Unlike the digital voting systems widely used by other parties to broaden participation, about 750 voting delegates and more than 200 observers are meeting this weekend at the St. John's Convention Centre.
They will choose from among three former cabinet ministers, Paul Davis, John Ottenheimer and Steve Kent.
Supporters for each camp waved placards, yelled and beat blue thunder sticks for their candidate as they were introduced by three members of the Young Progressive Conservatives.
Under provincial law, whoever wins must call an election within 12 months of being sworn in as premier.
The Tories have held majority power since 2003 and were a steamrolling force under former premier Danny Williams.
But in recent months the party has slid in popularity, well behind the Opposition Liberals. It has also lost four consecutive byelections — three of them in districts that were held by senior cabinet ministers, including former premier Kathy Dunderdale.
Dunderdale stepped down Jan. 24 amid questions about her leadership.
The first attempt to replace her ended when all three candidates withdrew. The process started again in July.
"Friends, we have sailed through some rough waters," Natural Resources Minister Derrick Dalley, a Davis supporter, told the crowd.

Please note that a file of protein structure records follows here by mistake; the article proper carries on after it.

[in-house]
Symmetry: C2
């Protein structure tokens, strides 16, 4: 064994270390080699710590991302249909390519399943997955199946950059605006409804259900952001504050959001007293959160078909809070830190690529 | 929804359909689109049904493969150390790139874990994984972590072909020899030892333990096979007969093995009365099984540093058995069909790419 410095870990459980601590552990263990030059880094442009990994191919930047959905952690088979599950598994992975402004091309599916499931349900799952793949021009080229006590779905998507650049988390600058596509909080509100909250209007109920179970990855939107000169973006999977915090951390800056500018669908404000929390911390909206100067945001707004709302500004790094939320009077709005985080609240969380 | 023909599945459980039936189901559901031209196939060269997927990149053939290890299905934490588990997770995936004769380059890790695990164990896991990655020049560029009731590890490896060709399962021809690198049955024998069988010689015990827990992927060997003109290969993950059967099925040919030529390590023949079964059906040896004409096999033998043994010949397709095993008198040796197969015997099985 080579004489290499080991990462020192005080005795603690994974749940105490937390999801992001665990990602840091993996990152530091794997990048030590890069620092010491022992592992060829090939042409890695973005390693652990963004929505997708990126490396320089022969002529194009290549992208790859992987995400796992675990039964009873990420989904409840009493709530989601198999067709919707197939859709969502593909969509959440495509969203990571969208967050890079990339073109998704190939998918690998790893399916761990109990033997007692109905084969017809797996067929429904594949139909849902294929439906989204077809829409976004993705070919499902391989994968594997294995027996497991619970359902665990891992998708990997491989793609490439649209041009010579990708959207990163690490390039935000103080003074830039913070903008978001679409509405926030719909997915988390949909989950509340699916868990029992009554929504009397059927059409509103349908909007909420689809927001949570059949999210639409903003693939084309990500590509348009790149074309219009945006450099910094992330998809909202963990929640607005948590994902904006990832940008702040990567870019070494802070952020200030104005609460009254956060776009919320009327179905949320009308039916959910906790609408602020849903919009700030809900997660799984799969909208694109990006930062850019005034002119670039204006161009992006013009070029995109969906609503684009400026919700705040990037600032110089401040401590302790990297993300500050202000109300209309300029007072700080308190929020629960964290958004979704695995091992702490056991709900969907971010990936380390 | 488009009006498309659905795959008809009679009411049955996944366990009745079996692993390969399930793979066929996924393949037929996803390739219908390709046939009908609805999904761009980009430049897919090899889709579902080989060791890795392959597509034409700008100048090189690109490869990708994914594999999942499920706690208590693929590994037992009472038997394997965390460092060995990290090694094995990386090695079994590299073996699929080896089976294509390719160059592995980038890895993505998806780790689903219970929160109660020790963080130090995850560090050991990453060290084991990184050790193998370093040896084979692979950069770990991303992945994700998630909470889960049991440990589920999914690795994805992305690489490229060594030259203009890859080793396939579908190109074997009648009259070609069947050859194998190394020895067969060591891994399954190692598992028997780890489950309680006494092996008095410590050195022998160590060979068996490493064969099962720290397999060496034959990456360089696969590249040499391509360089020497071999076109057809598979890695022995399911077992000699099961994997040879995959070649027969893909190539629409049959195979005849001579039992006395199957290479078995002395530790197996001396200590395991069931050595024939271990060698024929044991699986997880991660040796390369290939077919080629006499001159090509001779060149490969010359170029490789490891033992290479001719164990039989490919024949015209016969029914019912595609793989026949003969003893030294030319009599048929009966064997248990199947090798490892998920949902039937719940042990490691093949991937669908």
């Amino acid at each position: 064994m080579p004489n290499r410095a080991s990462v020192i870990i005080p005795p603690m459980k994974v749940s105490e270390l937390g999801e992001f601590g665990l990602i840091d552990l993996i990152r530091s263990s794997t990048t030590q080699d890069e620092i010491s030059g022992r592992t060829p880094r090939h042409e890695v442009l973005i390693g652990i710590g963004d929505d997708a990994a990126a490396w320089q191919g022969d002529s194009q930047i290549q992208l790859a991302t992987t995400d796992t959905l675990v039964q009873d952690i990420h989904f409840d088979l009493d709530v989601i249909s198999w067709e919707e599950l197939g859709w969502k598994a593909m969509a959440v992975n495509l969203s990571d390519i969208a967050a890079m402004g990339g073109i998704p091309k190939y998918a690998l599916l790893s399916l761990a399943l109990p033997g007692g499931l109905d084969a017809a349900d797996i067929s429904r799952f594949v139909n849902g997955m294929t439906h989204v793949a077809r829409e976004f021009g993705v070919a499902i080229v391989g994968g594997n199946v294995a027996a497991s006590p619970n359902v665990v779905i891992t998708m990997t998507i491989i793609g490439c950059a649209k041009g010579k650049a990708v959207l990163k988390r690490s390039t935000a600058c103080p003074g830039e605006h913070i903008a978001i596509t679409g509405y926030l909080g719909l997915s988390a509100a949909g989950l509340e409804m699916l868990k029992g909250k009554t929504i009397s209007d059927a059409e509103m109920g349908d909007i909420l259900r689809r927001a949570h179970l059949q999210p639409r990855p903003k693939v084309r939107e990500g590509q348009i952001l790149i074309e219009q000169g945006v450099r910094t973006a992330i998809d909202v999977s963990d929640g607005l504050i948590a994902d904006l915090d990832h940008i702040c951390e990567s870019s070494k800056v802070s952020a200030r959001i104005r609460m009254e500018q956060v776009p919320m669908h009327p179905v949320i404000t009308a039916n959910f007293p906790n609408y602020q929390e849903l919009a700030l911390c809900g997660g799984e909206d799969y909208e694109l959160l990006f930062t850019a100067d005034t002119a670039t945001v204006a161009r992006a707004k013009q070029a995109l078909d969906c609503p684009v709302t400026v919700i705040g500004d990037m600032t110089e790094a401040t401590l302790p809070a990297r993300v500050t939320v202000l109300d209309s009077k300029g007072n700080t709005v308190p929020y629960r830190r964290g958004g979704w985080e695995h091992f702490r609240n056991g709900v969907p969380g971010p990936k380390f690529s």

"Our decision this weekend is about who can win the election in 2015 and who is best to lead Newfoundland and Labrador for the next decade.
"Something is missing in our party," Dalley said of its recent troubles. "It has to change."
It's widely believed the race is close and it's expected none of the three candidates will get the required 50 per cent plus one on the first ballot when voting takes place Saturday. The third place finisher will drop off before the second ballot.
Earlier Friday, Premier Tom Marshall thanked his colleagues and packed up his office as he prepared to retire from the top job.
Marshall took over as premier on an interim basis after Dunderdale quit and stayed on through the party's first aborted leadership process.
Marshall poked fun Friday at the Tories' leadership struggles during a lighthearted speech at the Confederation Building. The audience of public servants roared and clapped as he joked that he had just heard breaking news that the three latest candidates had also pulled out.
Marshall thanked those in the crowd for their hard work during his time in government.
"One thing I learned when I came here is the good people, the strong professional people that we have here," he said.
(VOCM, The Canadian Press)